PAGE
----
Agricultural Research Service (ARS) scientists in Florida are helping a company develop a small plastic pouch designed to make produce safer. The pouch releases chlorine dioxide gas, which eliminates Escherichia coli bacteria and other pathogens from the surfaces of fruits and vegetables.
The pouches are about half the size of a credit card and can be packed into shipping containers. The manufacturer, Worrell Water Technologies of Delray Beach, Florida, hopes to market them to wholesalers and packers of produce in the United States and overseas.
Plant pathologist Jinhe Bai and his colleagues at ARS's U.S. Horticultural Research Laboratory in Fort Pierce, Florida, worked with Worrell to develop the pouch.
The pouch is a new product for Worrell, a company that markets water-purification technologies. In preliminary research, Bai and his colleagues found that the chlorine dioxide gas could be released too quickly, which could cause chemical burns on the fruit. The pouch was redesigned with a semi-permeable membrane that vents the gas at a slower rate.
"We helped test the pouch with the new design and found it vents at a more controlled rate and has the desired effect," Bai says.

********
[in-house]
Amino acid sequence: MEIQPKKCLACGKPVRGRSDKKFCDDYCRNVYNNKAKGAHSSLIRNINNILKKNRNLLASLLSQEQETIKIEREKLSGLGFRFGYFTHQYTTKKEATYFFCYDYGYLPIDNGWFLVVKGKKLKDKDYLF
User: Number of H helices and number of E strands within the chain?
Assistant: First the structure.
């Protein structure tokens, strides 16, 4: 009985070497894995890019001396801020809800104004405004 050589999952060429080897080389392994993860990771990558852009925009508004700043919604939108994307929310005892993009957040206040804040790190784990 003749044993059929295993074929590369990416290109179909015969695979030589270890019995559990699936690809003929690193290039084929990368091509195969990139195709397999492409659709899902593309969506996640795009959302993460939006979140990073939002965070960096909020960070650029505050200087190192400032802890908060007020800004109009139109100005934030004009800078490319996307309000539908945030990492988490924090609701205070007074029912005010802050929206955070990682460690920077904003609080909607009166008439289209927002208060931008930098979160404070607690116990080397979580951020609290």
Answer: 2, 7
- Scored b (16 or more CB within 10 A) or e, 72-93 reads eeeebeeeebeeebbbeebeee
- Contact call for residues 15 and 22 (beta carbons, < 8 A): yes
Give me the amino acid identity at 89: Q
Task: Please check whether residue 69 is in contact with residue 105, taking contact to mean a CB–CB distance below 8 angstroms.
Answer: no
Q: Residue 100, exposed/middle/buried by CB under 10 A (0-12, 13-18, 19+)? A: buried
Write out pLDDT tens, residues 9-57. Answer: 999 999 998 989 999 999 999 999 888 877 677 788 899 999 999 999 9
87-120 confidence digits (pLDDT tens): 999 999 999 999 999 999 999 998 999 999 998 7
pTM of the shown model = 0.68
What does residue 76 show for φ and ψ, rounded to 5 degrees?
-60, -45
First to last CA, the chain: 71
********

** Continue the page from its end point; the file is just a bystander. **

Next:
Bai's research focuses on finding ways to reduce pathogen contamination of produce. At least 25 percent of the fruits and vegetables produced worldwide are lost after harvest because of spoilage from microbial contamination, Bai says. And E. coli and other pathogens on the surface of produce can cause illness if the produce isn't well washed or cooked.
As a preventive measure, sanitizers are often used to kill microbes on produce. U.S. food processors add chlorine to the wash water. In Europe, chlorine dioxide is sometimes pumped into storage rooms to sanitize produce. But chlorine dioxide packaged in a proprietary, plastic pouch for use by produce packing houses and wholesalers is a first.
When Bai and his colleagues put the pouches into cartons of grapefruit using typical packing, shipping, and storage conditions, they found 10 times fewer bacterial and fungal pathogens than on grapefruit stored without pouches. A panel of ARS volunteers in Fort Pierce found that the treatments didn't change the appearance or taste of the grapefruit.
Other laboratory tests showed a 100,000-fold reduction in E. coli levels in inoculated grape tomatoes stored with the pouches, Bai says. The pouches have potential to sanitize other produce besides those tested, but further studies are needed to assess their effectiveness on specific fruits and vegetables.
The pouches cost a few cents, and only one to three are needed per crate or carton, so using them shouldn't add much to the price of the produce.
Bai collaborated with Worrell under a cooperative research and development agreement. The company helped finance another study evaluating the pouches and anticipates federal regulatory approval for their use in the near future.
Study results were published in HortScience.
Explore further: Gerber recalls 2 types of organic baby food pouches
Xiuxiu Sun et al. The Effect of Controlled-release Chlorine Dioxide on the Preservation of Grapefruit, HortScience (2017). DOI: 10.21273/HORTSCI11363-16